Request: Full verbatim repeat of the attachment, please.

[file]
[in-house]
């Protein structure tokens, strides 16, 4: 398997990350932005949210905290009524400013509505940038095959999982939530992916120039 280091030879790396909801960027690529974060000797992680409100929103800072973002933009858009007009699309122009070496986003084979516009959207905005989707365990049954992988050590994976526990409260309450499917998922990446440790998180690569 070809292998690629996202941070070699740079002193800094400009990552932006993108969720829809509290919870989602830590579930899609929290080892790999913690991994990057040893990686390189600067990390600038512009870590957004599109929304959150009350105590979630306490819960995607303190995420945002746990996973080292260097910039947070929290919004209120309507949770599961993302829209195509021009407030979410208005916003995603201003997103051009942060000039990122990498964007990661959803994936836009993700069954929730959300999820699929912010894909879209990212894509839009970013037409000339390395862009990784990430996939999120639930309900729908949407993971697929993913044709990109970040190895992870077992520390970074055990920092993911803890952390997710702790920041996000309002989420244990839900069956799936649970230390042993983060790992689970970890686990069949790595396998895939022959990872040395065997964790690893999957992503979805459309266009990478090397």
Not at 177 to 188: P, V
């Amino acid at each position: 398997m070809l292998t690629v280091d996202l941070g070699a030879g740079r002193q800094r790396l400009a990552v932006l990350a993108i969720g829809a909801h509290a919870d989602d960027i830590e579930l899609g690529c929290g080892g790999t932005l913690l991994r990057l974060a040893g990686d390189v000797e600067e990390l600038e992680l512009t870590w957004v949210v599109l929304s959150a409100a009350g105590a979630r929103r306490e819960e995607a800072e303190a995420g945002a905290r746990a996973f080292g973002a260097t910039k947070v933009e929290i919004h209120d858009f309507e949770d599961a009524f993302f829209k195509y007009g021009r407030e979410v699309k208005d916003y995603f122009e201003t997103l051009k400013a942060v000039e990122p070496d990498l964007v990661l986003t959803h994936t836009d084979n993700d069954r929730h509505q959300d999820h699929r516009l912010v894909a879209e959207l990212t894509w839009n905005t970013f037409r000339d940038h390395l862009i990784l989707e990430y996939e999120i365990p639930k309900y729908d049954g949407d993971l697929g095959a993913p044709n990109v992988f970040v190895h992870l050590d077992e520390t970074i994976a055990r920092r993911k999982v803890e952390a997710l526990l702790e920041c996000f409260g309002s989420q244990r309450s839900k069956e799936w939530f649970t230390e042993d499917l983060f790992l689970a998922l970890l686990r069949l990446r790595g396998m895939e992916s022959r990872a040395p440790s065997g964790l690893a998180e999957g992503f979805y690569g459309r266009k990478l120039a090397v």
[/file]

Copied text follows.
[in-house]
């Protein structure tokens, strides 16, 4: 398997990350932005949210905290009524400013509505940038095959999982939530992916120039 280091030879790396909801960027690529974060000797992680409100929103800072973002933009858009007009699309122009070496986003084979516009959207905005989707365990049954992988050590994976526990409260309450499917998922990446440790998180690569 070809292998690629996202941070070699740079002193800094400009990552932006993108969720829809509290919870989602830590579930899609929290080892790999913690991994990057040893990686390189600067990390600038512009870590957004599109929304959150009350105590979630306490819960995607303190995420945002746990996973080292260097910039947070929290919004209120309507949770599961993302829209195509021009407030979410208005916003995603201003997103051009942060000039990122990498964007990661959803994936836009993700069954929730959300999820699929912010894909879209990212894509839009970013037409000339390395862009990784990430996939999120639930309900729908949407993971697929993913044709990109970040190895992870077992520390970074055990920092993911803890952390997710702790920041996000309002989420244990839900069956799936649970230390042993983060790992689970970890686990069949790595396998895939022959990872040395065997964790690893999957992503979805459309266009990478090397």
Not at 177 to 188: P, V
């Amino acid at each position: 398997m070809l292998t690629v280091d996202l941070g070699a030879g740079r002193q800094r790396l400009a990552v932006l990350a993108i969720g829809a909801h509290a919870d989602d960027i830590e579930l899609g690529c929290g080892g790999t932005l913690l991994r990057l974060a040893g990686d390189v000797e600067e990390l600038e992680l512009t870590w957004v949210v599109l929304s959150a409100a009350g105590a979630r929103r306490e819960e995607a800072e303190a995420g945002a905290r746990a996973f080292g973002a260097t910039k947070v933009e929290i919004h209120d858009f309507e949770d599961a009524f993302f829209k195509y007009g021009r407030e979410v699309k208005d916003y995603f122009e201003t997103l051009k400013a942060v000039e990122p070496d990498l964007v990661l986003t959803h994936t836009d084979n993700d069954r929730h509505q959300d999820h699929r516009l912010v894909a879209e959207l990212t894509w839009n905005t970013f037409r000339d940038h390395l862009i990784l989707e990430y996939e999120i365990p639930k309900y729908d049954g949407d993971l697929g095959a993913p044709n990109v992988f970040v190895h992870l050590d077992e520390t970074i994976a055990r920092r993911k999982v803890e952390a997710l526990l702790e920041c996000f409260g309002s989420q244990r309450s839900k069956e799936w939530f649970t230390e042993d499917l983060f790992l689970a998922l970890l686990r069949l990446r790595g396998m895939e992916s022959r990872a040395p440790s065997g964790l690893a998180e999957g992503f979805y690569g459309r266009k990478l120039a090397v």